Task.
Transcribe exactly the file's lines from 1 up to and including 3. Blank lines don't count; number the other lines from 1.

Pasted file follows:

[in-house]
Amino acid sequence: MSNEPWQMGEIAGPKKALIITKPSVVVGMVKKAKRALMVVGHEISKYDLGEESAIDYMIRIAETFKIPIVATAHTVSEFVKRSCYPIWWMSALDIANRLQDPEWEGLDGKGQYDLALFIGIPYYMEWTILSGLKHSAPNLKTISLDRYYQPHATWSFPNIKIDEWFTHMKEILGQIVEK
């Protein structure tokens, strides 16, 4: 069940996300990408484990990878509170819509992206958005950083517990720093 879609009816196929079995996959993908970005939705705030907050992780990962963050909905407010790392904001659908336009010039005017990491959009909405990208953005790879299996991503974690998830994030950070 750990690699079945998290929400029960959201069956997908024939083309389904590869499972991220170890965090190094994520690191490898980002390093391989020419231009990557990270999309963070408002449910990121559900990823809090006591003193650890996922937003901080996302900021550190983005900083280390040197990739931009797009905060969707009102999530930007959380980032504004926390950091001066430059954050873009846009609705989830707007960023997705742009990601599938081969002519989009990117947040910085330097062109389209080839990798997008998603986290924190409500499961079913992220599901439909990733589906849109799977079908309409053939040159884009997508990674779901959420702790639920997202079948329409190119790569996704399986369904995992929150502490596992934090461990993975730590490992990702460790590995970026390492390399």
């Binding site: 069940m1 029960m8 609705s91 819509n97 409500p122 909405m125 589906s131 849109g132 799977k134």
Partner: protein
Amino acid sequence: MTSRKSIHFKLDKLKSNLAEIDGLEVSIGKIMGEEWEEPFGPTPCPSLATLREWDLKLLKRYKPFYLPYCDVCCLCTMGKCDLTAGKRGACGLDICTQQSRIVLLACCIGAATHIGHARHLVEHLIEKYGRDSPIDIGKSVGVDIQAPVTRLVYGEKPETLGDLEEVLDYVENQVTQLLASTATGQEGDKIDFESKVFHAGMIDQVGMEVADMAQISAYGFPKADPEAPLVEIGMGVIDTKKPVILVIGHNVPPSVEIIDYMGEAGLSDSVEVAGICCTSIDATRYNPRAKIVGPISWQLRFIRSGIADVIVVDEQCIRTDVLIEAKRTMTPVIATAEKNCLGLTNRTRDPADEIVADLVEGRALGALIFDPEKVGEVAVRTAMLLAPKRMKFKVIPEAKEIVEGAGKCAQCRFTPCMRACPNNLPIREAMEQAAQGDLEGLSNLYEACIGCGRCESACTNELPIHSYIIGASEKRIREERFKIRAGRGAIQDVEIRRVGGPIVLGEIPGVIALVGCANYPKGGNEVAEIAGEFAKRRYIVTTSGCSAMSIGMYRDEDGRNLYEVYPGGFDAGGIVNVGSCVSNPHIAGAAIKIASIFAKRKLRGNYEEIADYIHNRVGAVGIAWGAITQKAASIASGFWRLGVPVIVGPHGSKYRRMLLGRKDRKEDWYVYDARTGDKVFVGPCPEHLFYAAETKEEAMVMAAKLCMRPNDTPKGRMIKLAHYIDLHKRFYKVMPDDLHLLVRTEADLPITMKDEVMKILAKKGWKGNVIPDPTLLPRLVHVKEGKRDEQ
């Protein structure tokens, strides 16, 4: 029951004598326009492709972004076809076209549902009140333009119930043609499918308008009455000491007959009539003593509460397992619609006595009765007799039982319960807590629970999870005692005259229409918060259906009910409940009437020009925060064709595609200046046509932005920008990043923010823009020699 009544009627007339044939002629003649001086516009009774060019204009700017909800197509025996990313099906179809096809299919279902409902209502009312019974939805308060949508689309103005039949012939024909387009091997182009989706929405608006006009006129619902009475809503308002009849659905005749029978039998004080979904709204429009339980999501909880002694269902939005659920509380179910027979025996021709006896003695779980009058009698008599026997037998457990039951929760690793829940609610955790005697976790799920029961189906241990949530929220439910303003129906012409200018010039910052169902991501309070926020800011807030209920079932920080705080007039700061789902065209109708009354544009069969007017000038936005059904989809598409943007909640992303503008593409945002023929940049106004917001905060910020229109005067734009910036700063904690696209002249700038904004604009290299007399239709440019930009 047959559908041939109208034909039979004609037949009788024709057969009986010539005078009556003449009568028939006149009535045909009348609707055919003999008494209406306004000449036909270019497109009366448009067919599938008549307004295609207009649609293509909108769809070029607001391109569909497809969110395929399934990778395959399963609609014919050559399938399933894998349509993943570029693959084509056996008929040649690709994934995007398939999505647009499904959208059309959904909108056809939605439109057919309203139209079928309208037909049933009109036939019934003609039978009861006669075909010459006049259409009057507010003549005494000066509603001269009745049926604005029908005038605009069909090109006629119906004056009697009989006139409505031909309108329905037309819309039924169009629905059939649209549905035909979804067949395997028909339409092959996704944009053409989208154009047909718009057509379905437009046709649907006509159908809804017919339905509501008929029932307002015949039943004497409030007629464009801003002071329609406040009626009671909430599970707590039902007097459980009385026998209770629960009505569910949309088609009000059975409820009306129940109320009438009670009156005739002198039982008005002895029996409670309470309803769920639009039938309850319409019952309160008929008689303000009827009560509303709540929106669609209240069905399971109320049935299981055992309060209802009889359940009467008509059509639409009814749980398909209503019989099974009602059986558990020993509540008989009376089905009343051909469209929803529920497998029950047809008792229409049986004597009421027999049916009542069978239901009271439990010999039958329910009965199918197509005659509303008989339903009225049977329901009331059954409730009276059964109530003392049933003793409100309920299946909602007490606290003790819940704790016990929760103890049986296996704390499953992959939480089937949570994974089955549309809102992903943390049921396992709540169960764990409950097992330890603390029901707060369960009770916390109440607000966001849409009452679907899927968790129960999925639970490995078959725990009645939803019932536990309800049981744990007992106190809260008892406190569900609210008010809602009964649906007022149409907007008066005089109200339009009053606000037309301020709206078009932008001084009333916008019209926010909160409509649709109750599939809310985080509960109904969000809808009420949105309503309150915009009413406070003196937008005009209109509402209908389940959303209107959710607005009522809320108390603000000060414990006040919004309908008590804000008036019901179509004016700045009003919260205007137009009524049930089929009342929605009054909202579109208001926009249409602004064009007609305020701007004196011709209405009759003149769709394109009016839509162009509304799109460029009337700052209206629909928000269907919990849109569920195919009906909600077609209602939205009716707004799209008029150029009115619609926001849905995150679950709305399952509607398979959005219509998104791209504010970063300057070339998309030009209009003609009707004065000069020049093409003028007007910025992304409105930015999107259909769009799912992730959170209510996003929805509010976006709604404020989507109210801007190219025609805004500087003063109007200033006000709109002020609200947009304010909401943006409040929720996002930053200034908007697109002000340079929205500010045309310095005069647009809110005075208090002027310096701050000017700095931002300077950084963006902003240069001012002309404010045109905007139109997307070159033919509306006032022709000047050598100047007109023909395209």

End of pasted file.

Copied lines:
[in-house]
Amino acid sequence: MSNEPWQMGEIAGPKKALIITKPSVVVGMVKKAKRALMVVGHEISKYDLGEESAIDYMIRIAETFKIPIVATAHTVSEFVKRSCYPIWWMSALDIANRLQDPEWEGLDGKGQYDLALFIGIPYYMEWTILSGLKHSAPNLKTISLDRYYQPHATWSFPNIKIDEWFTHMKEILGQIVEK
């Protein structure tokens, strides 16, 4: 069940996300990408484990990878509170819509992206958005950083517990720093 879609009816196929079995996959993908970005939705705030907050992780990962963050909905407010790392904001659908336009010039005017990491959009909405990208953005790879299996991503974690998830994030950070 750990690699079945998290929400029960959201069956997908024939083309389904590869499972991220170890965090190094994520690191490898980002390093391989020419231009990557990270999309963070408002449910990121559900990823809090006591003193650890996922937003901080996302900021550190983005900083280390040197990739931009797009905060969707009102999530930007959380980032504004926390950091001066430059954050873009846009609705989830707007960023997705742009990601599938081969002519989009990117947040910085330097062109389209080839990798997008998603986290924190409500499961079913992220599901439909990733589906849109799977079908309409053939040159884009997508990674779901959420702790639920997202079948329409190119790569996704399986369904995992929150502490596992934090461990993975730590490992990702460790590995970026390492390399």